The preaching went fine, but I couldn't help but wonder what the point was. I don't preach on a regular basis, and I am particularly unskilled at preparing a sermon. This left me fretting over my computer for several days. Add to that two days in Prosperidad doing my impression of a guy with good manners, I missed a lot of time from work. Not to mention having to be away from my family (I missed them so much) and leaving Bethany to take time away from her homework to tend to the baby. What's the point? I'd rather save some lives with a water filter than preach. To be really honest, the idea that somebody might have been blessed by my sermon doesn't even matter to me. I need something more tangible than that. Dysentery is tangible. A water filter is tangible. That is my world. If I have to preach, let me preach in that world. Does that make sense, or do I just sound like a total snob? Perhaps I am being too honest.
Bethany is making excellent progress with her homework assignment. She was worried that she would not finish in time, but if she continues to have days as fruitful as the last three, then I am confident that she will have no trouble keeping up with her class.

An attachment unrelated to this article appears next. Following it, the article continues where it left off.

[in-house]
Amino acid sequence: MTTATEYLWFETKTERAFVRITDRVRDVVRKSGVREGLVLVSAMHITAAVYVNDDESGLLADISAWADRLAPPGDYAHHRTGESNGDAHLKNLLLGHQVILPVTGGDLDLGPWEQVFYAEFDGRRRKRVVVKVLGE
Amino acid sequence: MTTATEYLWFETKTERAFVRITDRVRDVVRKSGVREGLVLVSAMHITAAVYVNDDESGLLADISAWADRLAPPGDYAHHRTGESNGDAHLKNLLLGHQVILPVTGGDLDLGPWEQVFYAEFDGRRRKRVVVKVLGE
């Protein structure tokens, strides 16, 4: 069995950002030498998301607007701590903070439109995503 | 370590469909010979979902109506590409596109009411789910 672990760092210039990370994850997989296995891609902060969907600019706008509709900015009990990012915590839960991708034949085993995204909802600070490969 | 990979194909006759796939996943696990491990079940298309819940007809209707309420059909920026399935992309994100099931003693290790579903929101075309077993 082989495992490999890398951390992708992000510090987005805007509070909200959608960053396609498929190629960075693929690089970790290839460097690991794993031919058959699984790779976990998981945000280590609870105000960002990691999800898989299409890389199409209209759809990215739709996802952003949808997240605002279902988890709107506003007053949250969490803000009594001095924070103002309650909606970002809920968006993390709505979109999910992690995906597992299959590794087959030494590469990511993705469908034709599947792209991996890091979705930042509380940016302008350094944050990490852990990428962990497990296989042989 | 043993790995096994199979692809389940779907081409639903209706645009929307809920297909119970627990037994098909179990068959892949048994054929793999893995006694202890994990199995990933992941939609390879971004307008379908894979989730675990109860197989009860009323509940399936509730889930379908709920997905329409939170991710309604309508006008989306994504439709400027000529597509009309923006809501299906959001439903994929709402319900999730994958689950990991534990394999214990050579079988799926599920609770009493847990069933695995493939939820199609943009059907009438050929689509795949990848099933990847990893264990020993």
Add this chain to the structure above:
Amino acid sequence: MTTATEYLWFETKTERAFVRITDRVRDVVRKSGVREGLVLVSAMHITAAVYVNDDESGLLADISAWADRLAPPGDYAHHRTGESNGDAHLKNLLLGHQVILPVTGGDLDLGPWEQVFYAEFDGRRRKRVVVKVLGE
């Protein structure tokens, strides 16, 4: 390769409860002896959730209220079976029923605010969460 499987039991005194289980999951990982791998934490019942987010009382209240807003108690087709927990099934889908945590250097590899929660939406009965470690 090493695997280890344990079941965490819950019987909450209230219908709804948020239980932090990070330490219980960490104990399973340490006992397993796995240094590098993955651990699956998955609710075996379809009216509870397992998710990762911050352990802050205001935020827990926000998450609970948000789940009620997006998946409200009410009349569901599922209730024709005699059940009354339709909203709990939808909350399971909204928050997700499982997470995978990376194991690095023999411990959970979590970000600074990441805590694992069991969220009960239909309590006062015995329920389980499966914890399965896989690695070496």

The truck had a disagreement with a jeepney on the weekend. Toti was driving, but he's okay. I wasn't involved. The jeepney came out the victor, while our truck is looking a little dejected. We'll be getting an estimate for the repairs this week. I'm hoping that the cost will be manageable. Our funds have gotten dangerously low for the water project. While I was busy preparing a sermon on keeping our eyes fixed on God's promises instead of our problems, I was given the news that I only had $500 left in the budget. Don't you love God's sense of irony? Sigh. Another $3000 came in on the weekend, so we're good for another month. And I've got faith that more will come in soon. Apparently I'm acting on that faith because I'm busy ordering more steel molds, which will increase our monthly budget considerably.